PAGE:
null is an object. There’s another value for things that don’t exist,
undefined. The DOM returns
undefined is the value used.
Second, no, there is not a direct equivalent. If you really want to check for specifically for
if (yourvar === null) // Does not execute if yourvar is `undefined`
If you want to check if a variable exists, that can only be done with
typeof will treat an undeclared variable and a variable declared with the value of
undefined as equivalent.
But, to check if a variable is declared and is not
if (yourvar !== undefined) // Any scope
Previously, it was necessary to use the
typeof operator to check for undefined safely, because it was possible to reassign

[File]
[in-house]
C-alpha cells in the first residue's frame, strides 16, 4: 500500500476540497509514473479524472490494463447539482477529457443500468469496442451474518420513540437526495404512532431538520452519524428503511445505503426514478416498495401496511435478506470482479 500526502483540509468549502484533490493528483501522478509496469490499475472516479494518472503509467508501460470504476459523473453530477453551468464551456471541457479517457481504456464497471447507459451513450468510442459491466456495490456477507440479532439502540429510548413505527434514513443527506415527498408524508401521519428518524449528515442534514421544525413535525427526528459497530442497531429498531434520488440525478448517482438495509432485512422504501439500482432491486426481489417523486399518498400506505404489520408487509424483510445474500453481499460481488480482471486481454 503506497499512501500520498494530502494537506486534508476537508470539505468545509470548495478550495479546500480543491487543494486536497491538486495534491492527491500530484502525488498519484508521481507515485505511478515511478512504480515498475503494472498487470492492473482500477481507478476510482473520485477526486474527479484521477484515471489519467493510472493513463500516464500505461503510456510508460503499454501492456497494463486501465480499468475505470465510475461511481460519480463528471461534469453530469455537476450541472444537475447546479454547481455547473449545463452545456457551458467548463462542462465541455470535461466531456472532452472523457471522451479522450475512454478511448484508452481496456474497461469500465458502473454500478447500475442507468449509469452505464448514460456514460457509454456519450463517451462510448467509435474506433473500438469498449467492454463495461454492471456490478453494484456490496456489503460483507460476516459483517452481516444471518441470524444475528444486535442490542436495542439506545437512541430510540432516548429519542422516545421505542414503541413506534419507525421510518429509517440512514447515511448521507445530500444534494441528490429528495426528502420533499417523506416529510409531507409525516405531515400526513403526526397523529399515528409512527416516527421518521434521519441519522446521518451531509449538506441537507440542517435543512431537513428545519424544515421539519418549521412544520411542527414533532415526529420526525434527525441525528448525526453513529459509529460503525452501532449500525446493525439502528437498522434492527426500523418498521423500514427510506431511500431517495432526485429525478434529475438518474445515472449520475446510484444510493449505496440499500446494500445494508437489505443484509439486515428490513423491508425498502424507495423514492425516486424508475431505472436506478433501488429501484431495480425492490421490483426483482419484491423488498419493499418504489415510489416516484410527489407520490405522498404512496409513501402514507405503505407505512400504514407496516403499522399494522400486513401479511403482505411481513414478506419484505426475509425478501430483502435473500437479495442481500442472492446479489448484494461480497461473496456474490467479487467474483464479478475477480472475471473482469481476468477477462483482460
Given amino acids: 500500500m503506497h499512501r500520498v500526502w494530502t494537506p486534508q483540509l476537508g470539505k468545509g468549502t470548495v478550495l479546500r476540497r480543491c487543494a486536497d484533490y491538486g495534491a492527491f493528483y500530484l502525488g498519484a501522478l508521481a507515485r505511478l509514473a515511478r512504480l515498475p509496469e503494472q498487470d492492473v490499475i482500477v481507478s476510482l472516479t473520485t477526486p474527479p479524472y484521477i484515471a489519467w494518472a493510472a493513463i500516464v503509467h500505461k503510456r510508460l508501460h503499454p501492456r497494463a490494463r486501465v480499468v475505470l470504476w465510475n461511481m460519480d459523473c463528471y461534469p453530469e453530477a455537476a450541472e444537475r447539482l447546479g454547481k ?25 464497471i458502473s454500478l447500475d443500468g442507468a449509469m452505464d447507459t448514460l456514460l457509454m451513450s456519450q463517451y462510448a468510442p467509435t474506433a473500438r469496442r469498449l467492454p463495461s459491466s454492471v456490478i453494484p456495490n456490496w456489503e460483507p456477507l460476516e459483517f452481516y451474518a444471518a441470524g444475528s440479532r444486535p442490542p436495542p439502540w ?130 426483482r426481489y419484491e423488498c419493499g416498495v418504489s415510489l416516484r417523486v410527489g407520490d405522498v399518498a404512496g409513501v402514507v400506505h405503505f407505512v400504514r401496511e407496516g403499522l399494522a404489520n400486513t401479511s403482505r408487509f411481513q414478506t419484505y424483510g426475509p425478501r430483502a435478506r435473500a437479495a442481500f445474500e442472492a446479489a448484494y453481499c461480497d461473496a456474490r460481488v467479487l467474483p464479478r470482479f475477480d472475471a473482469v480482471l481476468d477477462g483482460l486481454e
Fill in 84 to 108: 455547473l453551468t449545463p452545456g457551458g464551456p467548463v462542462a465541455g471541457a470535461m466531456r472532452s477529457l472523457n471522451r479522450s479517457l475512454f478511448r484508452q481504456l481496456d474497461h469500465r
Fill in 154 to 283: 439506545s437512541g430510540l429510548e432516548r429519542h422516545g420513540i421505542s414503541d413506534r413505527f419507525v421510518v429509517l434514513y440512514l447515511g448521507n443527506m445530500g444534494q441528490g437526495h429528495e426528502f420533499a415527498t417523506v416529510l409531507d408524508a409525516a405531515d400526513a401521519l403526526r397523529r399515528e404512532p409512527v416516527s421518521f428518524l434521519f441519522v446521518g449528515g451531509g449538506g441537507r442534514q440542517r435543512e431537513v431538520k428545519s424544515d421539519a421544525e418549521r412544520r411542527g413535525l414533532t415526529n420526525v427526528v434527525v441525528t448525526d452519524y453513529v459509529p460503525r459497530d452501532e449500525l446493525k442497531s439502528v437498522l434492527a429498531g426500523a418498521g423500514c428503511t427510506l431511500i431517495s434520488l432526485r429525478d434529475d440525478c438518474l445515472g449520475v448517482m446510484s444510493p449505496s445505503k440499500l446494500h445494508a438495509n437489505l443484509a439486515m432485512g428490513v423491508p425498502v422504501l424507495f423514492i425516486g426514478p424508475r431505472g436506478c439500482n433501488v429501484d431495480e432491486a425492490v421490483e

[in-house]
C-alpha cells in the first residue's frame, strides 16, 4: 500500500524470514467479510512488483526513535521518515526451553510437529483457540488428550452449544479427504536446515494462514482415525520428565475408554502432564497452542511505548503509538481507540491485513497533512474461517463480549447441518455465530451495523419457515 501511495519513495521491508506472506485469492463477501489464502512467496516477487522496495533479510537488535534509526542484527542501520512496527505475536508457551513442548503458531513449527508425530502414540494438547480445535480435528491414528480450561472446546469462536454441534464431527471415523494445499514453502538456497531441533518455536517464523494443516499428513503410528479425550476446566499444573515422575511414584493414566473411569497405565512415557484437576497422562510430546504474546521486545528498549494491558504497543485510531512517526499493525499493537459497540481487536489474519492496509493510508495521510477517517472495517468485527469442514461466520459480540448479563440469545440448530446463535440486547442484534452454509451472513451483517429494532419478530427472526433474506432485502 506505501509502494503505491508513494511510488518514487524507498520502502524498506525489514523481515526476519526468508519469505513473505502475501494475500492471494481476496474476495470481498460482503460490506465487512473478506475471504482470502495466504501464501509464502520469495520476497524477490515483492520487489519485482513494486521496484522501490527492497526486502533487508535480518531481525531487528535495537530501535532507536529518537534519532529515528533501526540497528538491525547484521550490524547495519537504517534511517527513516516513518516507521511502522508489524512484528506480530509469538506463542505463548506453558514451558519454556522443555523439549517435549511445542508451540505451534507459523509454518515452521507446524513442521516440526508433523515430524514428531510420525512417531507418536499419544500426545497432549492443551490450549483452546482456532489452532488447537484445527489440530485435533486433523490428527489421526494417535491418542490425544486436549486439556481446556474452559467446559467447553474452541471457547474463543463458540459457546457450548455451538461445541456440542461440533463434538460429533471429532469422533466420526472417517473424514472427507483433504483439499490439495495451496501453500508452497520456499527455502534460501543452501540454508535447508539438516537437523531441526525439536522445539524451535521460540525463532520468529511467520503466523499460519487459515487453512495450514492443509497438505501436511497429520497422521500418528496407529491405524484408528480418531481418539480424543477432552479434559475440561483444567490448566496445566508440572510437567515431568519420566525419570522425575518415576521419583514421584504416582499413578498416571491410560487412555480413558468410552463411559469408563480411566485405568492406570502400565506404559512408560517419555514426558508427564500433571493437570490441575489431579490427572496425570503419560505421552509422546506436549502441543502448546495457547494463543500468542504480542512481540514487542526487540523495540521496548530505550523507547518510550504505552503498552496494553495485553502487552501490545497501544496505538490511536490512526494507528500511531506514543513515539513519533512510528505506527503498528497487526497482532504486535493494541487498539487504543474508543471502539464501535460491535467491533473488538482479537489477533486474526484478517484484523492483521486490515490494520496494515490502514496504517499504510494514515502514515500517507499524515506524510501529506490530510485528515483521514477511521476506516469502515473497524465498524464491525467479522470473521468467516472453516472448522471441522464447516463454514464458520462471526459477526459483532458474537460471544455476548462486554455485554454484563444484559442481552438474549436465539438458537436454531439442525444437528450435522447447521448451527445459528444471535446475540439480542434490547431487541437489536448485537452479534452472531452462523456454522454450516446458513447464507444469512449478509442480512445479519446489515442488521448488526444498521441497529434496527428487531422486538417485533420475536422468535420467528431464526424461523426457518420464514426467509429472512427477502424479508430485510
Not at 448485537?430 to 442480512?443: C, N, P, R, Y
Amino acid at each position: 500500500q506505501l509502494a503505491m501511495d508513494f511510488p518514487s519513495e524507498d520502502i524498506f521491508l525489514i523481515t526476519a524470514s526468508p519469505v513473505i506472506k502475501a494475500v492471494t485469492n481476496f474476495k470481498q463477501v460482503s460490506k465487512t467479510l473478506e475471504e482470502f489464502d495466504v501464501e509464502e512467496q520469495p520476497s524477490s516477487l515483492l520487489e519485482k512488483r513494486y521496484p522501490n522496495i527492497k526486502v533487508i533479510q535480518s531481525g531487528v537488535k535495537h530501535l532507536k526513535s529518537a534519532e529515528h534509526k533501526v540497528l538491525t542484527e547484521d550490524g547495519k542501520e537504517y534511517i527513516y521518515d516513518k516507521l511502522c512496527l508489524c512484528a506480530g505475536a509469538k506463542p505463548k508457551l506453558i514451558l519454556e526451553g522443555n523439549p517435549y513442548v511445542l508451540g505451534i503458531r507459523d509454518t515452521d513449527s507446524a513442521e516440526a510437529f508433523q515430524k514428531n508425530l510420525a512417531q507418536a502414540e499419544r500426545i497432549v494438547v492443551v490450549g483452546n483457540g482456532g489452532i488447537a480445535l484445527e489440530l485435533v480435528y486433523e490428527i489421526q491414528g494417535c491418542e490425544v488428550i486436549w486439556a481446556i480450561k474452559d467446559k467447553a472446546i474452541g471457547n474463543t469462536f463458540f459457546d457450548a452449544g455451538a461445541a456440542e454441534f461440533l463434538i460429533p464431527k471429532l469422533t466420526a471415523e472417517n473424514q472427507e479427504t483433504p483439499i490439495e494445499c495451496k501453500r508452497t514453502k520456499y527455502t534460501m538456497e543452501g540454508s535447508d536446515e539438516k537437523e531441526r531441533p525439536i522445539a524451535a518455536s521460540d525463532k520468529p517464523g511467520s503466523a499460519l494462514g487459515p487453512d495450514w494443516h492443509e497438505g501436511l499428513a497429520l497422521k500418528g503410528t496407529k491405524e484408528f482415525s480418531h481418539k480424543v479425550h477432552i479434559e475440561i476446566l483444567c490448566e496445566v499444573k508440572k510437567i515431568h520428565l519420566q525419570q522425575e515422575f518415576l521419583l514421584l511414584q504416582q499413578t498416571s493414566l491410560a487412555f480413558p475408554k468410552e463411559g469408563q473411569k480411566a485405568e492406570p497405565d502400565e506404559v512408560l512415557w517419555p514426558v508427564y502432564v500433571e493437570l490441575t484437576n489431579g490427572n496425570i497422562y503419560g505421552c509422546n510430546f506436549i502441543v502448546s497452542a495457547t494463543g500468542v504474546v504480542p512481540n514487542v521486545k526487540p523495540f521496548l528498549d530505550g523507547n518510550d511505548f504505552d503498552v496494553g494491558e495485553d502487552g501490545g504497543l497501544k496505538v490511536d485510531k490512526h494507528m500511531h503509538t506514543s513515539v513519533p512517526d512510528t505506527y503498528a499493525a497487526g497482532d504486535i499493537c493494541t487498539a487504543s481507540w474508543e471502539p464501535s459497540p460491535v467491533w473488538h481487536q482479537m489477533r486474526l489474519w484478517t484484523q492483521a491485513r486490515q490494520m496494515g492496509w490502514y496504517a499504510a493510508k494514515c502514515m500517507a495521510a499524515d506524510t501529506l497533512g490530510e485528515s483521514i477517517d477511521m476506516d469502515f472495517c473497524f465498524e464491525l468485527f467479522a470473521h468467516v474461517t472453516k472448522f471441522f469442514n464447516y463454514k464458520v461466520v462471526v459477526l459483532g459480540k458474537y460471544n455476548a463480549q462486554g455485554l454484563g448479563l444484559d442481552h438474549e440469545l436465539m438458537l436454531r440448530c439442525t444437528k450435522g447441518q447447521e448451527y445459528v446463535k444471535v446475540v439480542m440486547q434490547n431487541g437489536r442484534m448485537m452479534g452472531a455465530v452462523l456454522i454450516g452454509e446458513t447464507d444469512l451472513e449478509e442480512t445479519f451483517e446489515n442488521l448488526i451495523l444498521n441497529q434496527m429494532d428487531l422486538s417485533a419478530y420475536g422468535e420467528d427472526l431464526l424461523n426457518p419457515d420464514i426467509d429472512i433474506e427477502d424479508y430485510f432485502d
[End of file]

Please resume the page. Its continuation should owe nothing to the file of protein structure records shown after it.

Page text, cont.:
undefined just like a variable. The old way looked like this:
if (typeof yourvar !== 'undefined') // Any scope
The issue of
undefined being re-assignable was fixed in ECMAScript 5, which was released in 2009. You can now safely use
!== to test for
undefined without using
undefined has been read-only for some time.
If you want to know if a member exists independent but don’t care what its value is:
if ('membername' in object) // With inheritance if (object.hasOwnProperty('membername')) // Without inheritance
If you want to to know whether a variable is truthy: